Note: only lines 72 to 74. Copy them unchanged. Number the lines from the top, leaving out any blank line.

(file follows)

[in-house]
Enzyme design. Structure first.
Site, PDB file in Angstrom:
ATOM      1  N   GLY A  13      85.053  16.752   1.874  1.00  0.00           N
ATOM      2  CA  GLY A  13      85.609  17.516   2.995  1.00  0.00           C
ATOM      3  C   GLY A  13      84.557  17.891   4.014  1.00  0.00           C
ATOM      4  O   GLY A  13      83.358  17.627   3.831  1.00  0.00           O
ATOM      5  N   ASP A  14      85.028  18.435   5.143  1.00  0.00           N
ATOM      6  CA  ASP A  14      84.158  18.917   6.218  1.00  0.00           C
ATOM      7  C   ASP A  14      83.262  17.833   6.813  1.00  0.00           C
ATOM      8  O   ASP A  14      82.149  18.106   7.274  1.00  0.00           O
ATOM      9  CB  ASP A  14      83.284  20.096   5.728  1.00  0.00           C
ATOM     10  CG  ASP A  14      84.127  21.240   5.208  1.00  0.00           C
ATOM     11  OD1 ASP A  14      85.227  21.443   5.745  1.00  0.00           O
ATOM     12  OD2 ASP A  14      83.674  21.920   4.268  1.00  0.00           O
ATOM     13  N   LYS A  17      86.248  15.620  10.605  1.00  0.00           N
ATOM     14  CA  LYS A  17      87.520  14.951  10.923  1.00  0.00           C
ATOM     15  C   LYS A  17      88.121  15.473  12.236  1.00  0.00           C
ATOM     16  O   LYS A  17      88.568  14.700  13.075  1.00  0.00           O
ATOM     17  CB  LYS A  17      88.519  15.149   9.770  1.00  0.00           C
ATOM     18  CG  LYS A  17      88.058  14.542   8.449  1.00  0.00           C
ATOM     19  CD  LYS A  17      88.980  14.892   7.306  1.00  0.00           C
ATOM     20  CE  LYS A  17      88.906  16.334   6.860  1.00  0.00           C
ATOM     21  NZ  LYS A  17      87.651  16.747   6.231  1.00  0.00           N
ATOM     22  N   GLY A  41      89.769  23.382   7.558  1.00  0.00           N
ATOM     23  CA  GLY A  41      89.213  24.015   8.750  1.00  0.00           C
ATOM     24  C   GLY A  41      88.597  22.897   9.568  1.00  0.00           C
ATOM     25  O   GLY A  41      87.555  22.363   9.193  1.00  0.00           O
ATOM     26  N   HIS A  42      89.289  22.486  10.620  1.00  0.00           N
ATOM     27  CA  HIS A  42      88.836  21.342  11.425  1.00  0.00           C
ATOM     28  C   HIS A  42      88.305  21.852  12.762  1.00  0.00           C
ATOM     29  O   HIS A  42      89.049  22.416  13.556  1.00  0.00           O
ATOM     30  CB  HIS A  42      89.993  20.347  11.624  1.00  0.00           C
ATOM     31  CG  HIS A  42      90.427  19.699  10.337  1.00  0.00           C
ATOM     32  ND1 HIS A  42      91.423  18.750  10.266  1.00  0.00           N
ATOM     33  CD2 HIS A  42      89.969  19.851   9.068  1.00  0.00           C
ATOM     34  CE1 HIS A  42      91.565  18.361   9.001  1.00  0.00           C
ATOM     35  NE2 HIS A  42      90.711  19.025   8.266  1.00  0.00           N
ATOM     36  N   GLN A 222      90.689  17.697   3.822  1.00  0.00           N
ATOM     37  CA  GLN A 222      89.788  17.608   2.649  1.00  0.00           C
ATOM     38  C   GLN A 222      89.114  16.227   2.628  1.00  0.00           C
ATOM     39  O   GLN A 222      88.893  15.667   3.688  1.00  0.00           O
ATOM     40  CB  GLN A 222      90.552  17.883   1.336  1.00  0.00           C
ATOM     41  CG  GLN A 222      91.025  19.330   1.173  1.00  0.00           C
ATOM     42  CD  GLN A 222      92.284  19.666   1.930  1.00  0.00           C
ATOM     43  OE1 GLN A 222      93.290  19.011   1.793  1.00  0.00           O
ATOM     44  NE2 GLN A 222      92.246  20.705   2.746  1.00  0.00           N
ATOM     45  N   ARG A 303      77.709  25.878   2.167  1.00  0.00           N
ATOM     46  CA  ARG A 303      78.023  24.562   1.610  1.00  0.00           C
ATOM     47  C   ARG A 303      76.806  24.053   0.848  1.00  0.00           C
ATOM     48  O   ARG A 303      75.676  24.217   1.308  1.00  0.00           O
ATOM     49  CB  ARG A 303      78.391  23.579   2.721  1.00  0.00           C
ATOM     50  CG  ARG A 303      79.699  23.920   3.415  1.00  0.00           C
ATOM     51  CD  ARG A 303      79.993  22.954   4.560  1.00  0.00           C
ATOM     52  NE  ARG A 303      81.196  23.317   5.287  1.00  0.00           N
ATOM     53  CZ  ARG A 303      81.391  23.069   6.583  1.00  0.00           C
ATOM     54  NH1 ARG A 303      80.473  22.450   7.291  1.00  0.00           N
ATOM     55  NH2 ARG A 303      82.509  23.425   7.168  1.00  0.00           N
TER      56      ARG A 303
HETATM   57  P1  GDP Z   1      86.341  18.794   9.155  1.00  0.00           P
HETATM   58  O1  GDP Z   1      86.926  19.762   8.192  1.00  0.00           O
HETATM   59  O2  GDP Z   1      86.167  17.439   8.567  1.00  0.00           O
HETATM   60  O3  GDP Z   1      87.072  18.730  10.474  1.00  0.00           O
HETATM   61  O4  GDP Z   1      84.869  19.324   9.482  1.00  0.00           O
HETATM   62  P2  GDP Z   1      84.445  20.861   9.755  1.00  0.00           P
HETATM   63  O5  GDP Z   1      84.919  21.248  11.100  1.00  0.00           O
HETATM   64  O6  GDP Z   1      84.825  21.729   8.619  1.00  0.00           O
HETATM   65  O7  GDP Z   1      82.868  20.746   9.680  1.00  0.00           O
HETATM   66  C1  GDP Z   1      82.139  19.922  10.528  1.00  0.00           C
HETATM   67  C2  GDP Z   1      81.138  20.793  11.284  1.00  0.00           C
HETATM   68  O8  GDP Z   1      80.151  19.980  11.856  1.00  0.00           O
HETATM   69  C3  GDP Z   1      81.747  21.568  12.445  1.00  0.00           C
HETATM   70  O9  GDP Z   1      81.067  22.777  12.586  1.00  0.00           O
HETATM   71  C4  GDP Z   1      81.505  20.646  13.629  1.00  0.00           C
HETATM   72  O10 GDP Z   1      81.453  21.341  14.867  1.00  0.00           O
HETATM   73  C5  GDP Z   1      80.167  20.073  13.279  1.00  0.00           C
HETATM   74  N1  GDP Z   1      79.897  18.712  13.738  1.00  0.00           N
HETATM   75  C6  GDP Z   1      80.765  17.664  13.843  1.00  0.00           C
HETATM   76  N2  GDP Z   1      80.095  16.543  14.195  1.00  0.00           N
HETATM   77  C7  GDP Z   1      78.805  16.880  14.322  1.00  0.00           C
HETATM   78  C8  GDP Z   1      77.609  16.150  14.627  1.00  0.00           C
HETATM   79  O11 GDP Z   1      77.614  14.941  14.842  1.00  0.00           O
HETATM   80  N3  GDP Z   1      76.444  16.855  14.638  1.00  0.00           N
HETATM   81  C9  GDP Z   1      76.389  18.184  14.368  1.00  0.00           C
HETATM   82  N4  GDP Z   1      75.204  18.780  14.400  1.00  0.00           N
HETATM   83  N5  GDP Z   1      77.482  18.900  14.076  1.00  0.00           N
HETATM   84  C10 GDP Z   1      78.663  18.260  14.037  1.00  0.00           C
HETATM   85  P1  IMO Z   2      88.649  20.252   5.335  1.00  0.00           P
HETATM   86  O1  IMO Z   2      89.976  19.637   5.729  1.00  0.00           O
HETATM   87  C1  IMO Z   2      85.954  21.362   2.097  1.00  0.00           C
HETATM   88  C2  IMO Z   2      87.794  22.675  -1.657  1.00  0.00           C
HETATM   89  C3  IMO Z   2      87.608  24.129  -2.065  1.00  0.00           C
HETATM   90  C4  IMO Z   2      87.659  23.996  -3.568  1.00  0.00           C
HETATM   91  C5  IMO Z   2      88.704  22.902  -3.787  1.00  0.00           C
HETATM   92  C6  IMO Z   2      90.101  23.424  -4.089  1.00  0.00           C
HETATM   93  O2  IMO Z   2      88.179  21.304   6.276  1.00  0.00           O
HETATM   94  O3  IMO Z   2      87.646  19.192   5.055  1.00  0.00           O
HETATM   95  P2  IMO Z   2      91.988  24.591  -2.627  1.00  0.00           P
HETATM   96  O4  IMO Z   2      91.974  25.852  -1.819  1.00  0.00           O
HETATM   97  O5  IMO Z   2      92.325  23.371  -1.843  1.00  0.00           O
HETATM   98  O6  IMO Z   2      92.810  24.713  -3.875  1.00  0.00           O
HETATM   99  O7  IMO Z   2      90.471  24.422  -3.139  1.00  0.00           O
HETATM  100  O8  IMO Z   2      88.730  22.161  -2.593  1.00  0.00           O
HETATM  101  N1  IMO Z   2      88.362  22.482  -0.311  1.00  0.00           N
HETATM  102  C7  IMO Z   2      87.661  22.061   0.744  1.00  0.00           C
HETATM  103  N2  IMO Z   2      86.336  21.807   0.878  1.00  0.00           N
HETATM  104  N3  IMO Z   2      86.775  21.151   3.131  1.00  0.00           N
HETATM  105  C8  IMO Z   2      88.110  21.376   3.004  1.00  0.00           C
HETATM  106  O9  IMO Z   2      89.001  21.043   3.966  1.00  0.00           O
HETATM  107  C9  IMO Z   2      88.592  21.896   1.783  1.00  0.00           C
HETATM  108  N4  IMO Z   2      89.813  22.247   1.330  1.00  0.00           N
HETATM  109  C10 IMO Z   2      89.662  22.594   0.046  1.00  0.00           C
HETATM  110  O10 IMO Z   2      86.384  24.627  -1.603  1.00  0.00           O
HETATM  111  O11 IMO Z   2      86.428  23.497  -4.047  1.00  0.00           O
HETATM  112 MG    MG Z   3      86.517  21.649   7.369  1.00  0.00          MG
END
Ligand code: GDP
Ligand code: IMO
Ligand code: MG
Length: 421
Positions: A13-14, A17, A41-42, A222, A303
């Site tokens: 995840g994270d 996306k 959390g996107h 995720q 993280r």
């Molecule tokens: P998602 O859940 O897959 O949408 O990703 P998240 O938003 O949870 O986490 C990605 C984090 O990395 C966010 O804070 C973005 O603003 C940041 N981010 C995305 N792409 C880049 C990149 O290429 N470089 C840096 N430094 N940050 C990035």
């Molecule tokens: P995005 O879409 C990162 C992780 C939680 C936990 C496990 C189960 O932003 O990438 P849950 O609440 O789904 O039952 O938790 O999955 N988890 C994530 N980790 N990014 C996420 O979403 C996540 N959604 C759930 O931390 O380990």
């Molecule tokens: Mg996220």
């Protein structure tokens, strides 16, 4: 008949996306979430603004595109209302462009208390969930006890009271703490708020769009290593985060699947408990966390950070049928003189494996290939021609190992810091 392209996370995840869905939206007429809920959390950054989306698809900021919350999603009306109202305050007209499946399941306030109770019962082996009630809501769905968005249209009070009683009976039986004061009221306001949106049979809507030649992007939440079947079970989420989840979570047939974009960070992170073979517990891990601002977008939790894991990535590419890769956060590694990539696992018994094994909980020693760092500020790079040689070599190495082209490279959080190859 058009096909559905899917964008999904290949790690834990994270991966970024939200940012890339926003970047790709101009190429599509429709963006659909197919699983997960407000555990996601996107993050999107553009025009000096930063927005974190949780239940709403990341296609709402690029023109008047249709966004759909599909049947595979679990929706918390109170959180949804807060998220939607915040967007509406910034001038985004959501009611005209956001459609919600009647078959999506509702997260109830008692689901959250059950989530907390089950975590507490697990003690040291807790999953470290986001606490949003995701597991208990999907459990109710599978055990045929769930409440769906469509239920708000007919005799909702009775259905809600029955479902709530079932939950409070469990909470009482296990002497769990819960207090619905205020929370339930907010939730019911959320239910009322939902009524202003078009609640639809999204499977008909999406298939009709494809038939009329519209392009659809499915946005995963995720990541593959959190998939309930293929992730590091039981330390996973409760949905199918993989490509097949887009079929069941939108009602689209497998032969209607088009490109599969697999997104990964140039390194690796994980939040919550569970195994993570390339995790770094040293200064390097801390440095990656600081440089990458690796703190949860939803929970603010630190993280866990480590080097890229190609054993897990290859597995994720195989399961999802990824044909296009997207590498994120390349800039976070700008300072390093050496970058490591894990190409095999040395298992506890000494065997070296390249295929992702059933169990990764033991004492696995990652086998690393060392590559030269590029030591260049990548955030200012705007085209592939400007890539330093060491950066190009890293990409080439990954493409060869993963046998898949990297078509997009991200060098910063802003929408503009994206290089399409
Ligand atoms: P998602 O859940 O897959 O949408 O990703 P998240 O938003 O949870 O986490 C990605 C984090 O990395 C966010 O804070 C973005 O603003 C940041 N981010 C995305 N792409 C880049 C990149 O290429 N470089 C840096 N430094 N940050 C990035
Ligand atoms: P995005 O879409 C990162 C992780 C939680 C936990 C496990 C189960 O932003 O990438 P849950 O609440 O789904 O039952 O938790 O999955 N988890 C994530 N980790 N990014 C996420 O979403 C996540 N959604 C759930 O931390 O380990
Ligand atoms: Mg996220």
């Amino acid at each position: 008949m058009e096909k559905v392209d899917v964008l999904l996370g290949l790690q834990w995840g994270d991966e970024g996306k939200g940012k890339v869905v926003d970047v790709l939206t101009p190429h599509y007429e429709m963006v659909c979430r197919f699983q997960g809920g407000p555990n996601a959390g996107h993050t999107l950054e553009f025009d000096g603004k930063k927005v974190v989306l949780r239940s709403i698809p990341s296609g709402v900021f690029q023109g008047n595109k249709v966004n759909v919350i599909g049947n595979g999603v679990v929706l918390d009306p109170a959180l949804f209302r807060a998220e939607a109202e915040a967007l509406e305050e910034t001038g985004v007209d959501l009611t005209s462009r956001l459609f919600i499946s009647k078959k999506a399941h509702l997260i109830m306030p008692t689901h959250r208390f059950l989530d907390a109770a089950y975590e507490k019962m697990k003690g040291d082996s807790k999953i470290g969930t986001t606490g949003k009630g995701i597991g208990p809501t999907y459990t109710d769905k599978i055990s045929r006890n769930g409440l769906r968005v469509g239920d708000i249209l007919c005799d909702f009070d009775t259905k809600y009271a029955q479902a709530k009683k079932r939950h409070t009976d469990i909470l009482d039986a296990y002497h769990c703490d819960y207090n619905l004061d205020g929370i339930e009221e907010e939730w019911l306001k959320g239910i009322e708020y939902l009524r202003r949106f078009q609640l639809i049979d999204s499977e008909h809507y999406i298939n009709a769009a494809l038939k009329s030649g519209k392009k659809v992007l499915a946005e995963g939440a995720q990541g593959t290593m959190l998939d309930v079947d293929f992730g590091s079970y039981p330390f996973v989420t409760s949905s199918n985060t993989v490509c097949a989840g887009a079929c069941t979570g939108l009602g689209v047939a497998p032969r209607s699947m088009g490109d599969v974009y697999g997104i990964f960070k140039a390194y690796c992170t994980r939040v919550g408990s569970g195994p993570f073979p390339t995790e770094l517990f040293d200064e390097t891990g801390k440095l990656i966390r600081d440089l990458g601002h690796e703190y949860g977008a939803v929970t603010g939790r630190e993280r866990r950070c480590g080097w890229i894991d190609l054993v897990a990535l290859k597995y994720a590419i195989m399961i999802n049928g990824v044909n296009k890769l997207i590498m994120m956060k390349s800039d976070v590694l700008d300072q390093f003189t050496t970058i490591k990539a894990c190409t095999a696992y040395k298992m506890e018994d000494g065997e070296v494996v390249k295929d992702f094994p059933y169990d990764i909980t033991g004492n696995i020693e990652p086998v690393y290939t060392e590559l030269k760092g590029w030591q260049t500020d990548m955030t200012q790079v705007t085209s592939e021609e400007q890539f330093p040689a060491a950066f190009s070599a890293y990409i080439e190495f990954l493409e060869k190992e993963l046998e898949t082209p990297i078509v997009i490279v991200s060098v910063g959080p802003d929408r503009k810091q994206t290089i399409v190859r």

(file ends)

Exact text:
HETATM   69  C3  GDP Z   1      81.747  21.568  12.445  1.00  0.00           C
HETATM   70  O9  GDP Z   1      81.067  22.777  12.586  1.00  0.00           O
HETATM   71  C4  GDP Z   1      81.505  20.646  13.629  1.00  0.00           C